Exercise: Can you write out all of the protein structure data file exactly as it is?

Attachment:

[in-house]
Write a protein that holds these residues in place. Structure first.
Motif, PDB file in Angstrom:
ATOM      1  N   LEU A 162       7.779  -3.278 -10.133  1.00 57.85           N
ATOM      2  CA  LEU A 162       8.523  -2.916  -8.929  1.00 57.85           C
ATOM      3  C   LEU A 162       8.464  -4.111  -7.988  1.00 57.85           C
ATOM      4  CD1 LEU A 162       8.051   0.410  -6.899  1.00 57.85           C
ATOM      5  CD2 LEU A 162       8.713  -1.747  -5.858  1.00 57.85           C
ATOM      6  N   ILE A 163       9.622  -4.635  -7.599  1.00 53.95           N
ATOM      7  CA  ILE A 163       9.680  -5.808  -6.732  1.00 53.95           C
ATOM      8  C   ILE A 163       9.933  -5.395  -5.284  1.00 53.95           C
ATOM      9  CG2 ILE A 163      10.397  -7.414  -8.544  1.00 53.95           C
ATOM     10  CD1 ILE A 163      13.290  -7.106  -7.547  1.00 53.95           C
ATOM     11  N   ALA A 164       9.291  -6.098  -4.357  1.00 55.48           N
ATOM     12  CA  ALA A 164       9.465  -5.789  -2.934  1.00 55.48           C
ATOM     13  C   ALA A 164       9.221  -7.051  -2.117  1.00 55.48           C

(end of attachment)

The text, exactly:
[in-house]
Write a protein that holds these residues in place. Structure first.
Motif, PDB file in Angstrom:
ATOM      1  N   LEU A 162       7.779  -3.278 -10.133  1.00 57.85           N
ATOM      2  CA  LEU A 162       8.523  -2.916  -8.929  1.00 57.85           C
ATOM      3  C   LEU A 162       8.464  -4.111  -7.988  1.00 57.85           C
ATOM      4  CD1 LEU A 162       8.051   0.410  -6.899  1.00 57.85           C
ATOM      5  CD2 LEU A 162       8.713  -1.747  -5.858  1.00 57.85           C
ATOM      6  N   ILE A 163       9.622  -4.635  -7.599  1.00 53.95           N
ATOM      7  CA  ILE A 163       9.680  -5.808  -6.732  1.00 53.95           C
ATOM      8  C   ILE A 163       9.933  -5.395  -5.284  1.00 53.95           C
ATOM      9  CG2 ILE A 163      10.397  -7.414  -8.544  1.00 53.95           C
ATOM     10  CD1 ILE A 163      13.290  -7.106  -7.547  1.00 53.95           C
ATOM     11  N   ALA A 164       9.291  -6.098  -4.357  1.00 55.48           N
ATOM     12  CA  ALA A 164       9.465  -5.789  -2.934  1.00 55.48           C
ATOM     13  C   ALA A 164       9.221  -7.051  -2.117  1.00 55.48           C